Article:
• Relevant Expressions (optional) - variables or other Airscript expressions the Voice Bot requires access to.
        • Default Response (optional) - defines how the Voice Bot will respond if it can't parse the reply it receives. 

The following example shows what it looks like to access a variable expressions in a Decision Menu: in this case, Company Name. Note that the Stage displays the entire Decision Menu that this variable is a part of, while the interface to see and change the expression Company Name is parsed is open in the Inspector. The expression defining Company Name is simply the string "Airkit" (though it would be capable of parsing an Airscript expression – including expressions in an outgoing message is what allows Voice Bots to send customized messages to each user):

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For a more detailed discussion on how to incorporate a Voice Bot into a wider Journey, check out The Start Voice Bot Action.

Advanced

There are two subsections nested under Advanced: Layouts, and My Controls.

Under Layouts, you'll find everything you need to create a header and footer for your web app

Under My Controls, you'll find the means to create your own custom Web Controls that you can reuse across your Web Flows.

Stage

The Stage displays a visual representation of the aspect of the app you're modifying, allowing you to see the results of your changes in real time. Exactly what is displayed in the Stage varies to better communicate the type of modifications you're making.

For instance, when working with anything nested under Web, the Stage showcases how the web UI will appear to end users. You can click on a Web Control as it's displayed in the Stage in order to open up the interface to make edits to it in the Inspector. The following example shows how the interface in the inspector changes as various Web Controls, two Labels and a Button, are clicked on:

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When working the conversational bots – either Chat Bots or Voice Bots – the Stage gives you access to type out your bots' responses, which can include links to Web Flows and expressions that parse Airscript functions. If you’re configuring a Decision Menu, you’ll see additional options to direct what steps should be taken after a user replies.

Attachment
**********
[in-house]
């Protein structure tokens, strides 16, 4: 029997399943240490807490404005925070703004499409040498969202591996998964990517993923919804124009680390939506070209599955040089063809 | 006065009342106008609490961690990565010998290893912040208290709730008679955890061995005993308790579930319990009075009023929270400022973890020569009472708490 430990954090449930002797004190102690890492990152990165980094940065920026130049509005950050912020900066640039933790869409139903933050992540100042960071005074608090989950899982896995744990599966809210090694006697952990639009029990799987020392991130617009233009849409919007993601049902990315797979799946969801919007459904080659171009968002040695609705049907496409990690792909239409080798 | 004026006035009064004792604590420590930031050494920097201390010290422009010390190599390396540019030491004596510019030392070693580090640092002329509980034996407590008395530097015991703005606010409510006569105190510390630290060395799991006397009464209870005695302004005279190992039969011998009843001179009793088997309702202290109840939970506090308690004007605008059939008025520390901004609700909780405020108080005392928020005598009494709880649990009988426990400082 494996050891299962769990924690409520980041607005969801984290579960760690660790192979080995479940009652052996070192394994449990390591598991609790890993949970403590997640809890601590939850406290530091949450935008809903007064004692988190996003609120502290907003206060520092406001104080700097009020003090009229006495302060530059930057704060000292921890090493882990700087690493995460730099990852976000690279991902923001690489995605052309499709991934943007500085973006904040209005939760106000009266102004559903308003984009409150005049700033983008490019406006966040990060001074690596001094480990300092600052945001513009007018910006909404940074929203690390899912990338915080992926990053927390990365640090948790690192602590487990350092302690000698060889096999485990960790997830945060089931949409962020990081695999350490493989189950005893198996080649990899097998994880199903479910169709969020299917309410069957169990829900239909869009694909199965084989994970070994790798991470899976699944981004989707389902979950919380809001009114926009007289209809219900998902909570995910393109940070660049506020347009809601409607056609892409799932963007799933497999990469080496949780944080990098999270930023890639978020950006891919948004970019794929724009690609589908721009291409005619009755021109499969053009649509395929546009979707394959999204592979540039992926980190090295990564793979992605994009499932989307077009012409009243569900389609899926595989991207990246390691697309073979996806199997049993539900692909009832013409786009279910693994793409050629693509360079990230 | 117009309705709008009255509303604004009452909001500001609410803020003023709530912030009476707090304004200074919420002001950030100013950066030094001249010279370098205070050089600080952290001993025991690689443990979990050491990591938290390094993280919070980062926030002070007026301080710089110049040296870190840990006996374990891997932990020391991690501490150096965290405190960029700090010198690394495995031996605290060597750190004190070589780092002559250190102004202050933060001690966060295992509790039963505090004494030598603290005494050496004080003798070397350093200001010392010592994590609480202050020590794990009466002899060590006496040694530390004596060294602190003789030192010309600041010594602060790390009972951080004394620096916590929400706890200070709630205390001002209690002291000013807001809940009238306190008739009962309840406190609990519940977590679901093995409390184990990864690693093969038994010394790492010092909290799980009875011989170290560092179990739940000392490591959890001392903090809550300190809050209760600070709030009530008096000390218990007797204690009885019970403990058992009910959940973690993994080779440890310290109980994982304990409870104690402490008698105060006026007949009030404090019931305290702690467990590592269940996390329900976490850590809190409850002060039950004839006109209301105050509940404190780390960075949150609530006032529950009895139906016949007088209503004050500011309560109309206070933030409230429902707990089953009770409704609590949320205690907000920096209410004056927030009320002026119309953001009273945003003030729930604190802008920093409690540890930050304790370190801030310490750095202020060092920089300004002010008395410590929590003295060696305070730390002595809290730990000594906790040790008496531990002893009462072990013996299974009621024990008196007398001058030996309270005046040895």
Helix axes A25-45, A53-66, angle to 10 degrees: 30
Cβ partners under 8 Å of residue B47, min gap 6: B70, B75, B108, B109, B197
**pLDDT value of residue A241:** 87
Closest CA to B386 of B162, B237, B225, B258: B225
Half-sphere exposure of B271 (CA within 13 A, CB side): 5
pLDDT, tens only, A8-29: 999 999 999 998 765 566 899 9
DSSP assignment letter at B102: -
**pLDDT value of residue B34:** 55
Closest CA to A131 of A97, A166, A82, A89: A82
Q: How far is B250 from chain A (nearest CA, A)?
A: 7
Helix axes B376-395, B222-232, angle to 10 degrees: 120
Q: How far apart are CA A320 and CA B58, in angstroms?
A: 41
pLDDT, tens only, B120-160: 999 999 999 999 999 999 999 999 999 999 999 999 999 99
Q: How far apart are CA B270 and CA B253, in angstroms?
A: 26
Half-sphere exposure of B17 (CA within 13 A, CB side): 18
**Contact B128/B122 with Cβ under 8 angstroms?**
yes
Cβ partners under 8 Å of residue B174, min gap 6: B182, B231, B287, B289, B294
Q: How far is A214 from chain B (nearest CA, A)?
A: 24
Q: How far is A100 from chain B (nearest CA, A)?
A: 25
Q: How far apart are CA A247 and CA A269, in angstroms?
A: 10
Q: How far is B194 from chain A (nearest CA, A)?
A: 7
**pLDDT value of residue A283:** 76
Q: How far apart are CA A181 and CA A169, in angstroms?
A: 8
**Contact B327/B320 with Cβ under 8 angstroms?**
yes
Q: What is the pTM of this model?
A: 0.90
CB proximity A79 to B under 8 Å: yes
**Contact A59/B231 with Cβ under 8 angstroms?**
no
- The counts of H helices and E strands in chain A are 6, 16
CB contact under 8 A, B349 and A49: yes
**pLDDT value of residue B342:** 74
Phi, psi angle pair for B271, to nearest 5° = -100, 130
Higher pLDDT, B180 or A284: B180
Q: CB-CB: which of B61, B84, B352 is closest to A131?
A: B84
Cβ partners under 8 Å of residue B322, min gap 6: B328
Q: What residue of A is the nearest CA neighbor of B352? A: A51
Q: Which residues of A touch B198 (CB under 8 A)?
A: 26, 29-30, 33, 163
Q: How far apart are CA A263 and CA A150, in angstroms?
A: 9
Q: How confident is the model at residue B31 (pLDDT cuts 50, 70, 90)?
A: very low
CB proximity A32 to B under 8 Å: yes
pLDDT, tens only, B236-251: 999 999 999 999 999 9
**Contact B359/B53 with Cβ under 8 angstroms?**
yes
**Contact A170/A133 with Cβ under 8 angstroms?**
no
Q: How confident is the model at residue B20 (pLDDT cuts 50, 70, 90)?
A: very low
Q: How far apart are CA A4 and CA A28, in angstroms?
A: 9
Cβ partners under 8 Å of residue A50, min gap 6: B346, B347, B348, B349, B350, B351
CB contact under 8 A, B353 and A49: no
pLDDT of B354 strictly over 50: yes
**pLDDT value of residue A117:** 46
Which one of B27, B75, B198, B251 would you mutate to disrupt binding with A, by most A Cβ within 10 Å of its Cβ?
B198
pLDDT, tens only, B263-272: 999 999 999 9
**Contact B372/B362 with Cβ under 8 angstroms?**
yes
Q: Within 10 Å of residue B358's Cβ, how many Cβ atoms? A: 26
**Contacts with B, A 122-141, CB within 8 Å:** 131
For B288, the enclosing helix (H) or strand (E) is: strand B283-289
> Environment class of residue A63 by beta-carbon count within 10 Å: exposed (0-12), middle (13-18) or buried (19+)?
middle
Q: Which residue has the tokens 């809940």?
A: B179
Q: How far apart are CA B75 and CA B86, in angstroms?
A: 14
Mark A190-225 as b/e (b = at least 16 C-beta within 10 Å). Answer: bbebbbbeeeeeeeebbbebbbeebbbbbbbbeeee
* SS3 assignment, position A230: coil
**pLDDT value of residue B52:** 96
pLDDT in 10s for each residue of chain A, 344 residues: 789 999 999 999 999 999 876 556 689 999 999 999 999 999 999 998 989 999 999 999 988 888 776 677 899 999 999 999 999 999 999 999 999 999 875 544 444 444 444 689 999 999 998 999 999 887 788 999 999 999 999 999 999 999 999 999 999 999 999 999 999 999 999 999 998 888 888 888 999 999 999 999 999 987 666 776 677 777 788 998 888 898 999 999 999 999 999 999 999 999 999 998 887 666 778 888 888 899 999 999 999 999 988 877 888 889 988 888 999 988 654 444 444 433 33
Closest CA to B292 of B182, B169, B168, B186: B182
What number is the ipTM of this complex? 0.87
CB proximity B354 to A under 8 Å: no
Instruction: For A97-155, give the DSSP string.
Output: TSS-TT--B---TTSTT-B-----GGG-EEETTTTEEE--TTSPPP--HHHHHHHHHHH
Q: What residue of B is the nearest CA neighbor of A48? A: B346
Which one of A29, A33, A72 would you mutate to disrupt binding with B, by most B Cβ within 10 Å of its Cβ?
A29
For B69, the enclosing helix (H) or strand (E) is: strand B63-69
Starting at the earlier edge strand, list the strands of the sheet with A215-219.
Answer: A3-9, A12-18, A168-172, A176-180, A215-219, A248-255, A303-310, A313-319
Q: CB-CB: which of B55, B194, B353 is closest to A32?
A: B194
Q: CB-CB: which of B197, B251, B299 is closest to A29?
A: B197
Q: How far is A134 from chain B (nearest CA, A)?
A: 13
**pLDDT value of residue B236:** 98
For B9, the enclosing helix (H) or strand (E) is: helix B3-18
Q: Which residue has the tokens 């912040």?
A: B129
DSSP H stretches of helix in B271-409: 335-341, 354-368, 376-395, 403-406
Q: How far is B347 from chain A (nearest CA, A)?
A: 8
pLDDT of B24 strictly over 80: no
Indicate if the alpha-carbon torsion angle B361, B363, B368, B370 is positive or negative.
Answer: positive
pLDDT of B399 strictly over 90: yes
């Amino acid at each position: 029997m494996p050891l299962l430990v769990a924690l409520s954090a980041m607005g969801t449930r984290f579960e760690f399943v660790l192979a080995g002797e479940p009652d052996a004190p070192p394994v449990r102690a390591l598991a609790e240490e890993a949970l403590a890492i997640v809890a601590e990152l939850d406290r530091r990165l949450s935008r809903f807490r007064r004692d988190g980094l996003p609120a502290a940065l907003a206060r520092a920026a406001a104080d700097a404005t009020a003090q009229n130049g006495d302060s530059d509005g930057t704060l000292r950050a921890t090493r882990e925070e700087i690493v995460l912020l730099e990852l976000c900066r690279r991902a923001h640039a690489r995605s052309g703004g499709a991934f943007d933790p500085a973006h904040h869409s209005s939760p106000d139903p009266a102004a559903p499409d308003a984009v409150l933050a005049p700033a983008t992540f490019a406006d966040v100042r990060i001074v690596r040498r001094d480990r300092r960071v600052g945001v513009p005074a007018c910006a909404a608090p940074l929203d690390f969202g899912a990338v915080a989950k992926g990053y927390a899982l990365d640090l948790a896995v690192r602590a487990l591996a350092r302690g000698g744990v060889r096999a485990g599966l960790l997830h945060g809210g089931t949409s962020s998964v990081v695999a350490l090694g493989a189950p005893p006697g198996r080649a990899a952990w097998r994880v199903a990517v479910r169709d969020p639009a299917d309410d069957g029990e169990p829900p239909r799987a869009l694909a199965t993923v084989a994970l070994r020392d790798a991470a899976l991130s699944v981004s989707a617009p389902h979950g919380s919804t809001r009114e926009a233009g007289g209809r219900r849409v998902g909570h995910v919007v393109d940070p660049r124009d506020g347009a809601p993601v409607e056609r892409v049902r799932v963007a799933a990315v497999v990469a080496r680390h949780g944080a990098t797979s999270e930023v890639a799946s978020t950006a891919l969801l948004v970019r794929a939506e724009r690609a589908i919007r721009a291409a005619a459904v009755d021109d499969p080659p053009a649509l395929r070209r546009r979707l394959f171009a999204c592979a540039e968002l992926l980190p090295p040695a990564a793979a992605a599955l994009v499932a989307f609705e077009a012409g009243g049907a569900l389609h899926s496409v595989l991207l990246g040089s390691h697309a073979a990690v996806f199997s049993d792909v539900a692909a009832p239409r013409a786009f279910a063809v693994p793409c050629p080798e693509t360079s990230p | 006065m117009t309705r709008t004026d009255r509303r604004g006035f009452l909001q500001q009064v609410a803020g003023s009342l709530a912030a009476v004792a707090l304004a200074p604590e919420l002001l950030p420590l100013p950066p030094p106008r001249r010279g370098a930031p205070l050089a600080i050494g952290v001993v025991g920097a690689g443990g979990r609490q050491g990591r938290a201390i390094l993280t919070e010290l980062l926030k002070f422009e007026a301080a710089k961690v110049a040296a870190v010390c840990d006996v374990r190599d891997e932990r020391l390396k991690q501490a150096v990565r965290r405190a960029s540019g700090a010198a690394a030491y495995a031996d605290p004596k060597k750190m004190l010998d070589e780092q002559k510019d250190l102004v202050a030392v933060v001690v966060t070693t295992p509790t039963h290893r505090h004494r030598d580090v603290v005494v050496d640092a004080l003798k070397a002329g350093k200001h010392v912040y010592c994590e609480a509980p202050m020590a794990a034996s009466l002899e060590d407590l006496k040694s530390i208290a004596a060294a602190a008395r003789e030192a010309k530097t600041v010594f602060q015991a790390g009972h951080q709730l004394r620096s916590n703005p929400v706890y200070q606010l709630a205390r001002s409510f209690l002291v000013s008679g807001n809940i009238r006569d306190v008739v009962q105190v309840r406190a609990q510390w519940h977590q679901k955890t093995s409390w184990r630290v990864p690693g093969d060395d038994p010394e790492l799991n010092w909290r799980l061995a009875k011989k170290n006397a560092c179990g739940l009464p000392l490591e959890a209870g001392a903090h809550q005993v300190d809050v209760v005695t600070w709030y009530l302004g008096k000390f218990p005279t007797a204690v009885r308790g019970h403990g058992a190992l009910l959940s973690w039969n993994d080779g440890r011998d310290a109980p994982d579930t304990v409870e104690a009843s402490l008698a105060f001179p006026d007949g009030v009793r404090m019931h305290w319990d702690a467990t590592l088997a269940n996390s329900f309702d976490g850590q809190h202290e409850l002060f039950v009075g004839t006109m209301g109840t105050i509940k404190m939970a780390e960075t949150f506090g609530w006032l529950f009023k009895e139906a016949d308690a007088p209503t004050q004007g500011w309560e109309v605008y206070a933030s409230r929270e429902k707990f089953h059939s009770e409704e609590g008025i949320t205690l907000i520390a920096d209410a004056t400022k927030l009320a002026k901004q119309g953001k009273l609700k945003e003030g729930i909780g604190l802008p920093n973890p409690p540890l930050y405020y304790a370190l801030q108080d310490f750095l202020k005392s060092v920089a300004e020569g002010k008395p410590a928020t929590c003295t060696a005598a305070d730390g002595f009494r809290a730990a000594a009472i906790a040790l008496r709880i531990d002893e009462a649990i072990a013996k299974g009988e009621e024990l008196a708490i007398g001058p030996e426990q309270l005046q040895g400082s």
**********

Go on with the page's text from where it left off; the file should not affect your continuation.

Inspector

The Inspector is where you can examine and modify the individual elements that make up your application; in the Activity Builder, this is what you'll use to configure specific interactions. Precisely what those interactions are depends which element you're inspecting. The following example shows how the Inspector can be used to modify the text that appears in a Button.

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To better reflect the functionality of the Inspector, its layout changes subtly even when being used to examine relatively similar things. Consider Web Controls: there are changes you'll be able to make to some Web Controls but not others. For example, the Inspector appears differently when examining a Button as compared to a Label, in part because Buttons can be clicked, triggering actions, whereas Labels can't.

In general, there are three tabs you might find in the Activity Builder Inspector: General, Actions, and Advanced. (Not every element will allow you to access each tab while being inspected, because different allow different modifications.)

Inspector_Tabs.png

General

Under the General tab, you'll find most of the fundamental information associated with the element being inspected. This includes details about the element itself (such as the text associated with a Label or the URL associated with an image), relevant variables (particularly if they're defined within the scope of the element you're examining), and material concerning styling.

Actions

Under the Actions tab, you'll be able to access the Action Builder. This allows you to associate actions with the element you're inspecting. Actions include setting a variablestarting a Chat Bot, or navigating to a Web Flow. Multiple actions can be associated with a single element. By default, all actions will be performed in order going down the list, though it is possible to set certain actions to only occur if other conditions are met.

Advanced

As a rule of thumb, the Advanced tab provides the ability to inspect and edit any functionality that didn't fit neatly into the first two tabs. Most commonly, the Advanced tab is used to dictate when particular Web Controls should not be visible and when Buttons should not be functional. For a deeper dive into how this works and when you might want to leverage this feature, check out this document on creating dynamic forms based on user input.